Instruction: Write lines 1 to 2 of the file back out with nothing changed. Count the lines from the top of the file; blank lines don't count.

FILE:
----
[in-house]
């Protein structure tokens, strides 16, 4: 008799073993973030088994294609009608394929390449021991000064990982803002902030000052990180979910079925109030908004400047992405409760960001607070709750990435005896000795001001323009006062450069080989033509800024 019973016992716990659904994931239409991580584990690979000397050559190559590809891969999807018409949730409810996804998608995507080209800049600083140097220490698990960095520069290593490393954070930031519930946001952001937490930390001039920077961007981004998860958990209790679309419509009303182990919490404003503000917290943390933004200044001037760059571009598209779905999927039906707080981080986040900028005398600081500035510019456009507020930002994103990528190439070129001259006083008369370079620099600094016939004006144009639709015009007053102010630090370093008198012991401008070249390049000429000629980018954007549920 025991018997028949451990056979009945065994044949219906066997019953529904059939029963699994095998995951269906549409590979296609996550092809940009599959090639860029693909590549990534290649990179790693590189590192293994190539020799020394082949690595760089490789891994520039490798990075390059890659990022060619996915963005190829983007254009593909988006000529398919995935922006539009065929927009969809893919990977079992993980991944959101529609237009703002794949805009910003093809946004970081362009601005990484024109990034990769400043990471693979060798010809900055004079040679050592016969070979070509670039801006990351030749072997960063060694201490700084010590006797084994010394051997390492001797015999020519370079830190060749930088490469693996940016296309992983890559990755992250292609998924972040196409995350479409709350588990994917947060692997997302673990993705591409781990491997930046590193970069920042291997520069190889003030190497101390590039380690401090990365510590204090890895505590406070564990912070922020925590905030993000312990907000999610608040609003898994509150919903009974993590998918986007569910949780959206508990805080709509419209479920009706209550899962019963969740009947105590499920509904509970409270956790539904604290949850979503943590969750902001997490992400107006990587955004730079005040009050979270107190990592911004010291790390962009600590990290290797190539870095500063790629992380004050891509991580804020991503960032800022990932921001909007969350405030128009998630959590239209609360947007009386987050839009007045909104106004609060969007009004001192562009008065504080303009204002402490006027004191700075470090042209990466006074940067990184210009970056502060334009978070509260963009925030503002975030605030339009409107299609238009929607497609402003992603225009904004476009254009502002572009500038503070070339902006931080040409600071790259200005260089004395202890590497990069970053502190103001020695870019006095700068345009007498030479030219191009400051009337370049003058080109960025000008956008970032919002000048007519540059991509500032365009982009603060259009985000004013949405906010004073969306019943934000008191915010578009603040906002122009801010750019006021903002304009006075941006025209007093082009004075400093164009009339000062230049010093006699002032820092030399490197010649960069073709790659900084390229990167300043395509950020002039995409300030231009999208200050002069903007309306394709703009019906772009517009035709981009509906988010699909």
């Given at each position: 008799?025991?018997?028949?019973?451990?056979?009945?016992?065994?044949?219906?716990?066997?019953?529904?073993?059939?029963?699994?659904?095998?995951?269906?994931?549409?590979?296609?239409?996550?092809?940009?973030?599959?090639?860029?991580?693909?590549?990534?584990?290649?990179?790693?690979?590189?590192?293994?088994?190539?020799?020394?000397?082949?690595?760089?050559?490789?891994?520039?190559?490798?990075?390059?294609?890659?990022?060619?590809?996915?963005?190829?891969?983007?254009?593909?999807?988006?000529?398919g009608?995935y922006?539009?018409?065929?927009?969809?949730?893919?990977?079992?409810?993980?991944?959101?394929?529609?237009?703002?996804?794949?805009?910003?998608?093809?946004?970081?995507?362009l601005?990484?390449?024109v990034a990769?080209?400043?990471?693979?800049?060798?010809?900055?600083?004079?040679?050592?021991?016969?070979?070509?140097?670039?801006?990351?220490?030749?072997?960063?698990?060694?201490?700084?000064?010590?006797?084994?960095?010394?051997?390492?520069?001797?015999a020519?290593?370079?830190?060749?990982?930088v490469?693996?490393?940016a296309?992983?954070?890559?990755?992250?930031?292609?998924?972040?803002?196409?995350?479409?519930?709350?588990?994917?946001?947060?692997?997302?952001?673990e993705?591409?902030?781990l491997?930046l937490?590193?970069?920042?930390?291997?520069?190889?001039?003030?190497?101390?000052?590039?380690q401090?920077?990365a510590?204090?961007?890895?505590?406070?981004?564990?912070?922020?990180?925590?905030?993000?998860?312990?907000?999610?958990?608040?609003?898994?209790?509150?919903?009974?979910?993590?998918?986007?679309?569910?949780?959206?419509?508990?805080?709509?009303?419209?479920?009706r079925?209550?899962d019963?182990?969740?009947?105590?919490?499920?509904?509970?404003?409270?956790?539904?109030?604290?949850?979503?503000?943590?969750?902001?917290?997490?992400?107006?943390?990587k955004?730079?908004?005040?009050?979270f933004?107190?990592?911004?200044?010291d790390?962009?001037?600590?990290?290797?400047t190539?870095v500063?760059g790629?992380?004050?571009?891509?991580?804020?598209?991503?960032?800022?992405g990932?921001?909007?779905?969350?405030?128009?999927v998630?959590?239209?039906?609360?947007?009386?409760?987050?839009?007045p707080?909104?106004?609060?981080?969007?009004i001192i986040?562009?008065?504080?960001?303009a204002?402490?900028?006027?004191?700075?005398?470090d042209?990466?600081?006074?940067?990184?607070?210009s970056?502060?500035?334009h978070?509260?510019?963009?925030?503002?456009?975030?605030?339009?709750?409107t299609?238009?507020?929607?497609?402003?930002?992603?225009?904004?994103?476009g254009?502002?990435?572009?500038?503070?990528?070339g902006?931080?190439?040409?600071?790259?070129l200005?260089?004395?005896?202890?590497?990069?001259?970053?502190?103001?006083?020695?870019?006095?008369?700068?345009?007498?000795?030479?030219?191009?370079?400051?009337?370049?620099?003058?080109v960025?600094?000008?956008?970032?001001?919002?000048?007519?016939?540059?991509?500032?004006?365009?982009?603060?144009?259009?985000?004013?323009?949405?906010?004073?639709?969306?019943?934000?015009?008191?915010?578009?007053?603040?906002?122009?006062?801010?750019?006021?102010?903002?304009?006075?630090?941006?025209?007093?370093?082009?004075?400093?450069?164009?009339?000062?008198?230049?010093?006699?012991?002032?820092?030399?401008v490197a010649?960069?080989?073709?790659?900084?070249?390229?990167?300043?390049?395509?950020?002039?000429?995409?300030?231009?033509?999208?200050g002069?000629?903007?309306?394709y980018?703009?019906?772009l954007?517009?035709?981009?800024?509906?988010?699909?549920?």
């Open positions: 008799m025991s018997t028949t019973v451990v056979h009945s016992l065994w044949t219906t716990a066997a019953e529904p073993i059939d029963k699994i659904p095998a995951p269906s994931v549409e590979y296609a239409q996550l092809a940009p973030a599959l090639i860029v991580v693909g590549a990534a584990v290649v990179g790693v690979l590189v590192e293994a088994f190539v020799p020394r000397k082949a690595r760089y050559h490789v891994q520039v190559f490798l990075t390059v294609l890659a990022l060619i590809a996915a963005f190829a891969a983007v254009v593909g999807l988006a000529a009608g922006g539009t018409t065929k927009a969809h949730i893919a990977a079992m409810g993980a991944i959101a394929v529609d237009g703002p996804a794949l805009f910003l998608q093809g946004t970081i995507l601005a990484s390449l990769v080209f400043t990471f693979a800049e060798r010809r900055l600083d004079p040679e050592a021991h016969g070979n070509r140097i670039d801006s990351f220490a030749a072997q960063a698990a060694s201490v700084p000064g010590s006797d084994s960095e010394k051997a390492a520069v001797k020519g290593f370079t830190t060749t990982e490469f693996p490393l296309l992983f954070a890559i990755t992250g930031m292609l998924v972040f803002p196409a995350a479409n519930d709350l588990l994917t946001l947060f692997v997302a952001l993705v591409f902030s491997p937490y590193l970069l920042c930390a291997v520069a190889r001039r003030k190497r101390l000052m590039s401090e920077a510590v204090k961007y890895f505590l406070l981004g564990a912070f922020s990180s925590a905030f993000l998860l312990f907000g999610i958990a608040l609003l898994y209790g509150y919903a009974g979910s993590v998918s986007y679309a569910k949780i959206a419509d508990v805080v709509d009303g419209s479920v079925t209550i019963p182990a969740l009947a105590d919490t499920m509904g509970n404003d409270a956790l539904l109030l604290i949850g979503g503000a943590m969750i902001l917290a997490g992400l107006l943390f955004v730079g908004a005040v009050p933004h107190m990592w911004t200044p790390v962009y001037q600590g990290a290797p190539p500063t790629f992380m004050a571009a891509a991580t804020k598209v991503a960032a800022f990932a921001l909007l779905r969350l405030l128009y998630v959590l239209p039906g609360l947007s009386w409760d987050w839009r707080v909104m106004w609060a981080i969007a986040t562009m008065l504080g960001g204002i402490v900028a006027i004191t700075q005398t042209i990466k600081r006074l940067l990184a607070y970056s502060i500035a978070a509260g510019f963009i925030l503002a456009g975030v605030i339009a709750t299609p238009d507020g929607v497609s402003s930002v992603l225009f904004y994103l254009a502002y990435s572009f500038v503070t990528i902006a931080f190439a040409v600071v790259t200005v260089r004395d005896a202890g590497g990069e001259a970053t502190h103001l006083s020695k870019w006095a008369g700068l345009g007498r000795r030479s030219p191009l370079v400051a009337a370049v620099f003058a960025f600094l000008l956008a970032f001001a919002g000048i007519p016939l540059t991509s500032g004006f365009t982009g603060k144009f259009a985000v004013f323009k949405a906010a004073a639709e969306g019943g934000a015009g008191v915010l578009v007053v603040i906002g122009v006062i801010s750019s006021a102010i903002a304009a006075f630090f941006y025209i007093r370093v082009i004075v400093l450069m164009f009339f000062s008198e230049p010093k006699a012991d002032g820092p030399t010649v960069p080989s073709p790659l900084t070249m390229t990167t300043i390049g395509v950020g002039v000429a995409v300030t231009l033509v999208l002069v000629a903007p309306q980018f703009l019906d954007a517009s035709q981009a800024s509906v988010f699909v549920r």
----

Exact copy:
[in-house]
């Protein structure tokens, strides 16, 4: 008799073993973030088994294609009608394929390449021991000064990982803002902030000052990180979910079925109030908004400047992405409760960001607070709750990435005896000795001001323009006062450069080989033509800024 019973016992716990659904994931239409991580584990690979000397050559190559590809891969999807018409949730409810996804998608995507080209800049600083140097220490698990960095520069290593490393954070930031519930946001952001937490930390001039920077961007981004998860958990209790679309419509009303182990919490404003503000917290943390933004200044001037760059571009598209779905999927039906707080981080986040900028005398600081500035510019456009507020930002994103990528190439070129001259006083008369370079620099600094016939004006144009639709015009007053102010630090370093008198012991401008070249390049000429000629980018954007549920 025991018997028949451990056979009945065994044949219906066997019953529904059939029963699994095998995951269906549409590979296609996550092809940009599959090639860029693909590549990534290649990179790693590189590192293994190539020799020394082949690595760089490789891994520039490798990075390059890659990022060619996915963005190829983007254009593909988006000529398919995935922006539009065929927009969809893919990977079992993980991944959101529609237009703002794949805009910003093809946004970081362009601005990484024109990034990769400043990471693979060798010809900055004079040679050592016969070979070509670039801006990351030749072997960063060694201490700084010590006797084994010394051997390492001797015999020519370079830190060749930088490469693996940016296309992983890559990755992250292609998924972040196409995350479409709350588990994917947060692997997302673990993705591409781990491997930046590193970069920042291997520069190889003030190497101390590039380690401090990365510590204090890895505590406070564990912070922020925590905030993000312990907000999610608040609003898994509150919903009974993590998918986007569910949780959206508990805080709509419209479920009706209550899962019963969740009947105590499920509904509970409270956790539904604290949850979503943590969750902001997490992400107006990587955004730079005040009050979270107190990592911004010291790390962009600590990290290797190539870095500063790629992380004050891509991580804020991503960032800022990932921001909007969350405030128009998630959590239209609360947007009386987050839009007045909104106004609060969007009004001192562009008065504080303009204002402490006027004191700075470090042209990466006074940067990184210009970056502060334009978070509260963009925030503002975030605030339009409107299609238009929607497609402003992603225009904004476009254009502002572009500038503070070339902006931080040409600071790259200005260089004395202890590497990069970053502190103001020695870019006095700068345009007498030479030219191009400051009337370049003058080109960025000008956008970032919002000048007519540059991509500032365009982009603060259009985000004013949405906010004073969306019943934000008191915010578009603040906002122009801010750019006021903002304009006075941006025209007093082009004075400093164009009339000062230049010093006699002032820092030399490197010649960069073709790659900084390229990167300043395509950020002039995409300030231009999208200050002069903007309306394709703009019906772009517009035709981009509906988010699909």